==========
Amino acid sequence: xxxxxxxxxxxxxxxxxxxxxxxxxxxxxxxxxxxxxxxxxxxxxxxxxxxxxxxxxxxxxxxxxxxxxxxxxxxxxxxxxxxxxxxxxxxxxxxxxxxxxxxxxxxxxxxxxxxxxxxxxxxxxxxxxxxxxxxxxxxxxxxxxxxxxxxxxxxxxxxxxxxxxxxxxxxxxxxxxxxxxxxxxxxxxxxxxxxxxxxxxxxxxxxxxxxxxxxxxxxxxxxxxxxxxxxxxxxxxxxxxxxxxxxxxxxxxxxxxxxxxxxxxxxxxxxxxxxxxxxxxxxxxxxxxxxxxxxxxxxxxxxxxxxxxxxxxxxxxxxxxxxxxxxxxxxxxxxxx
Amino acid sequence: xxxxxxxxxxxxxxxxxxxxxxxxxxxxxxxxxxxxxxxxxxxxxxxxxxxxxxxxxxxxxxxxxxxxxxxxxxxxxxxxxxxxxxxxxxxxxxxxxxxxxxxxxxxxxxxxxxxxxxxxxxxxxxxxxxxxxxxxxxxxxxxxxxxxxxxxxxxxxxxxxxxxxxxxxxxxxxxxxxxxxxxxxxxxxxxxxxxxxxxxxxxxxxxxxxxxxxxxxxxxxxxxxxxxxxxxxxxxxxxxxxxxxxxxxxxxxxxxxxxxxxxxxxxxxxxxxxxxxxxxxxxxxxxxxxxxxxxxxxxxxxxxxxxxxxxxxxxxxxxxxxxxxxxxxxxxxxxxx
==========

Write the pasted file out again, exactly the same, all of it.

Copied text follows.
Amino acid sequence: xxxxxxxxxxxxxxxxxxxxxxxxxxxxxxxxxxxxxxxxxxxxxxxxxxxxxxxxxxxxxxxxxxxxxxxxxxxxxxxxxxxxxxxxxxxxxxxxxxxxxxxxxxxxxxxxxxxxxxxxxxxxxxxxxxxxxxxxxxxxxxxxxxxxxxxxxxxxxxxxxxxxxxxxxxxxxxxxxxxxxxxxxxxxxxxxxxxxxxxxxxxxxxxxxxxxxxxxxxxxxxxxxxxxxxxxxxxxxxxxxxxxxxxxxxxxxxxxxxxxxxxxxxxxxxxxxxxxxxxxxxxxxxxxxxxxxxxxxxxxxxxxxxxxxxxxxxxxxxxxxxxxxxxxxxxxxxxxx
Amino acid sequence: xxxxxxxxxxxxxxxxxxxxxxxxxxxxxxxxxxxxxxxxxxxxxxxxxxxxxxxxxxxxxxxxxxxxxxxxxxxxxxxxxxxxxxxxxxxxxxxxxxxxxxxxxxxxxxxxxxxxxxxxxxxxxxxxxxxxxxxxxxxxxxxxxxxxxxxxxxxxxxxxxxxxxxxxxxxxxxxxxxxxxxxxxxxxxxxxxxxxxxxxxxxxxxxxxxxxxxxxxxxxxxxxxxxxxxxxxxxxxxxxxxxxxxxxxxxxxxxxxxxxxxxxxxxxxxxxxxxxxxxxxxxxxxxxxxxxxxxxxxxxxxxxxxxxxxxxxxxxxxxxxxxxxxxxxxxxxxxxx